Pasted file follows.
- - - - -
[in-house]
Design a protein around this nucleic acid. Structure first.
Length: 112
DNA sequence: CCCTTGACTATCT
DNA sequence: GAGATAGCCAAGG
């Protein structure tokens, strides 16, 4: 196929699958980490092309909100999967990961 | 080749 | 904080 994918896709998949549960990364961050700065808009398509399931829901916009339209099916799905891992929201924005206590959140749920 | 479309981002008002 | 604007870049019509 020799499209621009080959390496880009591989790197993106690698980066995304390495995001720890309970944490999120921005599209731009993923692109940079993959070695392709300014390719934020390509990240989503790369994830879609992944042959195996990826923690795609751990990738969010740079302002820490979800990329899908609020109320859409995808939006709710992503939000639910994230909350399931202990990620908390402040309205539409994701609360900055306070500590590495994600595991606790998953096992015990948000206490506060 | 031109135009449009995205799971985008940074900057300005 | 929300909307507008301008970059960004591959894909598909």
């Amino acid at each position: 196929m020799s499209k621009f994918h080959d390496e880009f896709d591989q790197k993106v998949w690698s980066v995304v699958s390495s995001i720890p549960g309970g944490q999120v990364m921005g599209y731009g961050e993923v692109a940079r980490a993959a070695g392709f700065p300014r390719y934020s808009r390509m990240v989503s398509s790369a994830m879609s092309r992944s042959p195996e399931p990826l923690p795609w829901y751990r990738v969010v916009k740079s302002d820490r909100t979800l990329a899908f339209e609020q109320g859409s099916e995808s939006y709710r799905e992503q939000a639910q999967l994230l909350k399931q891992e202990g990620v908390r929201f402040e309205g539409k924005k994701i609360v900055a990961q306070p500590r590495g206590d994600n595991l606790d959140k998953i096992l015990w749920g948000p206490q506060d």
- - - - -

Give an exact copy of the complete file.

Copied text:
[in-house]
Design a protein around this nucleic acid. Structure first.
Length: 112
DNA sequence: CCCTTGACTATCT
DNA sequence: GAGATAGCCAAGG
């Protein structure tokens, strides 16, 4: 196929699958980490092309909100999967990961 | 080749 | 904080 994918896709998949549960990364961050700065808009398509399931829901916009339209099916799905891992929201924005206590959140749920 | 479309981002008002 | 604007870049019509 020799499209621009080959390496880009591989790197993106690698980066995304390495995001720890309970944490999120921005599209731009993923692109940079993959070695392709300014390719934020390509990240989503790369994830879609992944042959195996990826923690795609751990990738969010740079302002820490979800990329899908609020109320859409995808939006709710992503939000639910994230909350399931202990990620908390402040309205539409994701609360900055306070500590590495994600595991606790998953096992015990948000206490506060 | 031109135009449009995205799971985008940074900057300005 | 929300909307507008301008970059960004591959894909598909």
């Amino acid at each position: 196929m020799s499209k621009f994918h080959d390496e880009f896709d591989q790197k993106v998949w690698s980066v995304v699958s390495s995001i720890p549960g309970g944490q999120v990364m921005g599209y731009g961050e993923v692109a940079r980490a993959a070695g392709f700065p300014r390719y934020s808009r390509m990240v989503s398509s790369a994830m879609s092309r992944s042959p195996e399931p990826l923690p795609w829901y751990r990738v969010v916009k740079s302002d820490r909100t979800l990329a899908f339209e609020q109320g859409s099916e995808s939006y709710r799905e992503q939000a639910q999967l994230l909350k399931q891992e202990g990620v908390r929201f402040e309205g539409k924005k994701i609360v900055a990961q306070p500590r590495g206590d994600n595991l606790d959140k998953i096992l015990w749920g948000p206490q506060d």